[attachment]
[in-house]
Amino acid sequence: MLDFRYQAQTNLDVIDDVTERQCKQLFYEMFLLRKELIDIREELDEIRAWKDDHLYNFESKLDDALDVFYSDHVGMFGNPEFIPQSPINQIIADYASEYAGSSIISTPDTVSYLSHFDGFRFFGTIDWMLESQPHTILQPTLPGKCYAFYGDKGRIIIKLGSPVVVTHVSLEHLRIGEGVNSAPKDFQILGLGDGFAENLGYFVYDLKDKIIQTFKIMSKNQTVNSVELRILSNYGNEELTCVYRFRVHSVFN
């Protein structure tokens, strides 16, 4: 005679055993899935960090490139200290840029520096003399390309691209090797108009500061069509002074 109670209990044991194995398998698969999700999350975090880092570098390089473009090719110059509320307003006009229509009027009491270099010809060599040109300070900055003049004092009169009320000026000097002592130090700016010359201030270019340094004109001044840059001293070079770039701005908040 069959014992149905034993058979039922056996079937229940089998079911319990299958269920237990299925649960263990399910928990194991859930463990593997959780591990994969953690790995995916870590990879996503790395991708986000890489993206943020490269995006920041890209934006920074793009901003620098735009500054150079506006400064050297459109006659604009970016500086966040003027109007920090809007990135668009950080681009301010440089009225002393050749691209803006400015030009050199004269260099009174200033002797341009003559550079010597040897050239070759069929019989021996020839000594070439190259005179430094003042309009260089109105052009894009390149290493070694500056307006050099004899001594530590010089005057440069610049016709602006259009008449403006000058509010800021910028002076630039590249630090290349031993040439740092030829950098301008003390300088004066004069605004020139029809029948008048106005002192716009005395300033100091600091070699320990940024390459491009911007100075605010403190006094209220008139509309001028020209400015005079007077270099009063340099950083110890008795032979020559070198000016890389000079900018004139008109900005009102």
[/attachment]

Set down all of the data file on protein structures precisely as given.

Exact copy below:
[in-house]
Amino acid sequence: MLDFRYQAQTNLDVIDDVTERQCKQLFYEMFLLRKELIDIREELDEIRAWKDDHLYNFESKLDDALDVFYSDHVGMFGNPEFIPQSPINQIIADYASEYAGSSIISTPDTVSYLSHFDGFRFFGTIDWMLESQPHTILQPTLPGKCYAFYGDKGRIIIKLGSPVVVTHVSLEHLRIGEGVNSAPKDFQILGLGDGFAENLGYFVYDLKDKIIQTFKIMSKNQTVNSVELRILSNYGNEELTCVYRFRVHSVFN
């Protein structure tokens, strides 16, 4: 005679055993899935960090490139200290840029520096003399390309691209090797108009500061069509002074 109670209990044991194995398998698969999700999350975090880092570098390089473009090719110059509320307003006009229509009027009491270099010809060599040109300070900055003049004092009169009320000026000097002592130090700016010359201030270019340094004109001044840059001293070079770039701005908040 069959014992149905034993058979039922056996079937229940089998079911319990299958269920237990299925649960263990399910928990194991859930463990593997959780591990994969953690790995995916870590990879996503790395991708986000890489993206943020490269995006920041890209934006920074793009901003620098735009500054150079506006400064050297459109006659604009970016500086966040003027109007920090809007990135668009950080681009301010440089009225002393050749691209803006400015030009050199004269260099009174200033002797341009003559550079010597040897050239070759069929019989021996020839000594070439190259005179430094003042309009260089109105052009894009390149290493070694500056307006050099004899001594530590010089005057440069610049016709602006259009008449403006000058509010800021910028002076630039590249630090290349031993040439740092030829950098301008003390300088004066004069605004020139029809029948008048106005002192716009005395300033100091600091070699320990940024390459491009911007100075605010403190006094209220008139509309001028020209400015005079007077270099009063340099950083110890008795032979020559070198000016890389000079900018004139008109900005009102």